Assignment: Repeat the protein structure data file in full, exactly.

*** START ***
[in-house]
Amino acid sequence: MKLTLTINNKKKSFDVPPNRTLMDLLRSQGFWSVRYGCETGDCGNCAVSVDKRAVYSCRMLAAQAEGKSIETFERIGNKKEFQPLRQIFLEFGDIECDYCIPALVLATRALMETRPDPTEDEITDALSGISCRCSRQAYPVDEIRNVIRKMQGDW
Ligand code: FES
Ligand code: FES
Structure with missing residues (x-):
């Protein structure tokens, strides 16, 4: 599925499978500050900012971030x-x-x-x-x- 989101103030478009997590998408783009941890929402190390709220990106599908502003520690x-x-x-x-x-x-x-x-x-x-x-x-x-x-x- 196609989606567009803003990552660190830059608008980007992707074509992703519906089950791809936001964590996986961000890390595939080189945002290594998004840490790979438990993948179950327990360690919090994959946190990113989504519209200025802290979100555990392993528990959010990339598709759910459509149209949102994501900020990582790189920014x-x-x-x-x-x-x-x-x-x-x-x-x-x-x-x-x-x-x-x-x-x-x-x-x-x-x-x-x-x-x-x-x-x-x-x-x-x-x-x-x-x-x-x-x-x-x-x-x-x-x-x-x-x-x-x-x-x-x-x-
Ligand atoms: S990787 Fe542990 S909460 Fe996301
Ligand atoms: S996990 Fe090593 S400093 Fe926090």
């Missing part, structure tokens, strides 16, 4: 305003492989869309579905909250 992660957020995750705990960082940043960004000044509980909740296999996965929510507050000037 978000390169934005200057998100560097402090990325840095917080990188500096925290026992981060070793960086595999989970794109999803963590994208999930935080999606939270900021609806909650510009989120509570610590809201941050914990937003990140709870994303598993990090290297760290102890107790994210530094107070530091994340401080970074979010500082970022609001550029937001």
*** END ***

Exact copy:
[in-house]
Amino acid sequence: MKLTLTINNKKKSFDVPPNRTLMDLLRSQGFWSVRYGCETGDCGNCAVSVDKRAVYSCRMLAAQAEGKSIETFERIGNKKEFQPLRQIFLEFGDIECDYCIPALVLATRALMETRPDPTEDEITDALSGISCRCSRQAYPVDEIRNVIRKMQGDW
Ligand code: FES
Ligand code: FES
Structure with missing residues (x-):
């Protein structure tokens, strides 16, 4: 599925499978500050900012971030x-x-x-x-x- 989101103030478009997590998408783009941890929402190390709220990106599908502003520690x-x-x-x-x-x-x-x-x-x-x-x-x-x-x- 196609989606567009803003990552660190830059608008980007992707074509992703519906089950791809936001964590996986961000890390595939080189945002290594998004840490790979438990993948179950327990360690919090994959946190990113989504519209200025802290979100555990392993528990959010990339598709759910459509149209949102994501900020990582790189920014x-x-x-x-x-x-x-x-x-x-x-x-x-x-x-x-x-x-x-x-x-x-x-x-x-x-x-x-x-x-x-x-x-x-x-x-x-x-x-x-x-x-x-x-x-x-x-x-x-x-x-x-x-x-x-x-x-x-x-x-
Ligand atoms: S990787 Fe542990 S909460 Fe996301
Ligand atoms: S996990 Fe090593 S400093 Fe926090």
């Missing part, structure tokens, strides 16, 4: 305003492989869309579905909250 992660957020995750705990960082940043960004000044509980909740296999996965929510507050000037 978000390169934005200057998100560097402090990325840095917080990188500096925290026992981060070793960086595999989970794109999803963590994208999930935080999606939270900021609806909650510009989120509570610590809201941050914990937003990140709870994303598993990090290297760290102890107790994210530094107070530091994340401080970074979010500082970022609001550029937001």